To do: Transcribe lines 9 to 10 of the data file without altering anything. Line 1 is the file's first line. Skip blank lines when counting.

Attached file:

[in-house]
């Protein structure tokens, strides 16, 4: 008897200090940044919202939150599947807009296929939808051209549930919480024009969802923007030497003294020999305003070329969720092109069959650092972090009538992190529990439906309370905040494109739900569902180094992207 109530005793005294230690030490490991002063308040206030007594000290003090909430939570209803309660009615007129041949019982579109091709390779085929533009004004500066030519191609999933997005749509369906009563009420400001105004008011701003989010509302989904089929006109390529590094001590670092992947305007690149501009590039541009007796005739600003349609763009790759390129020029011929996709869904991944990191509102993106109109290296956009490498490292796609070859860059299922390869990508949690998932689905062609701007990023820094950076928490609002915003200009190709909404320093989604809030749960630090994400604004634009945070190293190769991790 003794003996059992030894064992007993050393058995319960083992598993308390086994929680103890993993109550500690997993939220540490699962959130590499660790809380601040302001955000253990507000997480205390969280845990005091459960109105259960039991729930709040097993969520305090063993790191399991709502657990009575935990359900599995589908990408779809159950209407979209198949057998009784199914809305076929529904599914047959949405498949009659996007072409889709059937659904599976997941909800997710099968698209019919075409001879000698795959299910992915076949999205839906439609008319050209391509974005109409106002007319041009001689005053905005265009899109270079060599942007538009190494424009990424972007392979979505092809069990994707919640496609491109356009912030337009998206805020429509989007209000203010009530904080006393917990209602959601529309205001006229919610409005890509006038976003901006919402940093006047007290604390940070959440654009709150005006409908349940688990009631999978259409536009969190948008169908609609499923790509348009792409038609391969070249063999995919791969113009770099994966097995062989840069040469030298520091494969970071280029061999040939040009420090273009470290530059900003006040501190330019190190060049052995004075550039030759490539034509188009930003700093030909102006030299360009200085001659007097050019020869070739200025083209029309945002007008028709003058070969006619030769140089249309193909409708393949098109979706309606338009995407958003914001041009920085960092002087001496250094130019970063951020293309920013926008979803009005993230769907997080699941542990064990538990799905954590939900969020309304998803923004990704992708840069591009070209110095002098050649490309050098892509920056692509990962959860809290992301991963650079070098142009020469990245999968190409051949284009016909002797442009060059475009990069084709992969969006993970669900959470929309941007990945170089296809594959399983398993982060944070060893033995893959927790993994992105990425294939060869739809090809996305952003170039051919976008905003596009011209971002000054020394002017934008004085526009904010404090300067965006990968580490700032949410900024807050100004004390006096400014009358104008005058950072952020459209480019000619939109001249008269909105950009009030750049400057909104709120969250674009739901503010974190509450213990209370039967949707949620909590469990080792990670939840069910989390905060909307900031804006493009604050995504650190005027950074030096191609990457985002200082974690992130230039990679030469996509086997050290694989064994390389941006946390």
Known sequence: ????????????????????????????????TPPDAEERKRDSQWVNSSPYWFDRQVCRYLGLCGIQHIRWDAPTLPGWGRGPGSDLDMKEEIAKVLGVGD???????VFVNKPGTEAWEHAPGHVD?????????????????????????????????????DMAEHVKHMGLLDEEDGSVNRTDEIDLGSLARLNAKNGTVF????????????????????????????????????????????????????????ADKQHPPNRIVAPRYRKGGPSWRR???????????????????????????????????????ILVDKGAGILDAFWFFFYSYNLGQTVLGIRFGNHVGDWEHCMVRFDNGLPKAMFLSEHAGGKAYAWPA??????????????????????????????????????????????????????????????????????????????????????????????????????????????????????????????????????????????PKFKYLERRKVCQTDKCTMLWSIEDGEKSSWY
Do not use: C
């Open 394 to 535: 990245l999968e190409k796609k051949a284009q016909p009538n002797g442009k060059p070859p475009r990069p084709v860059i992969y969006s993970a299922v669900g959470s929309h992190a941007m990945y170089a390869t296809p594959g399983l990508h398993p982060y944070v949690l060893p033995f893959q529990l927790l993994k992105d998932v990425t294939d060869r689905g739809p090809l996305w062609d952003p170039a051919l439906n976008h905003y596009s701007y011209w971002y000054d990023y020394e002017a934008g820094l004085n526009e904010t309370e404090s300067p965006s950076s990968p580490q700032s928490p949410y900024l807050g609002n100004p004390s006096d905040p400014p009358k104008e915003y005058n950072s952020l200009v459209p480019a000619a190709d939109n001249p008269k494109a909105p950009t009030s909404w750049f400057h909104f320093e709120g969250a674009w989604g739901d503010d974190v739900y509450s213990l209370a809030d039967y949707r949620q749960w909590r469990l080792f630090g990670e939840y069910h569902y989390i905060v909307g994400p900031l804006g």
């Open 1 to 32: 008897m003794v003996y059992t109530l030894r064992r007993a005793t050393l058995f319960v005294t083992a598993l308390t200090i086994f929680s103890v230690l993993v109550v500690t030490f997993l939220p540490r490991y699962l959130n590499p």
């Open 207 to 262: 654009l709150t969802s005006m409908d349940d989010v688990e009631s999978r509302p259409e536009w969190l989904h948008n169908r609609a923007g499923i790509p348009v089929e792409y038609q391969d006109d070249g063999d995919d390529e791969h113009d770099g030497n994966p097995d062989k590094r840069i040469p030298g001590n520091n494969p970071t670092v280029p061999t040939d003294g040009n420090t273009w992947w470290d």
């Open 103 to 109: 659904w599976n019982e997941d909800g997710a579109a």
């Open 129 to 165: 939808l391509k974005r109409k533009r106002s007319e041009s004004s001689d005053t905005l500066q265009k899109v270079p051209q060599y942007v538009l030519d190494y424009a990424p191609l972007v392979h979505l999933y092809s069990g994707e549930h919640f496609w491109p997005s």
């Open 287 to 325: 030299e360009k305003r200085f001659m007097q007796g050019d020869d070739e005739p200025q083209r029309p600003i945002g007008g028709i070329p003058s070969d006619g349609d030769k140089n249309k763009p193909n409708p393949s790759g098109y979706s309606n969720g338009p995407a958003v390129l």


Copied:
């Open 129 to 165: 939808l391509k974005r109409k533009r106002s007319e041009s004004s001689d005053t905005l500066q265009k899109v270079p051209q060599y942007v538009l030519d190494y424009a990424p191609l972007v392979h979505l999933y092809s069990g994707e549930h919640f496609w491109p997005s």
């Open 287 to 325: 030299e360009k305003r200085f001659m007097q007796g050019d020869d070739e005739p200025q083209r029309p600003i945002g007008g028709i070329p003058s070969d006619g349609d030769k140089n249309k763009p193909n409708p393949s790759g098109y979706s309606n969720g338009p995407a958003v390129l």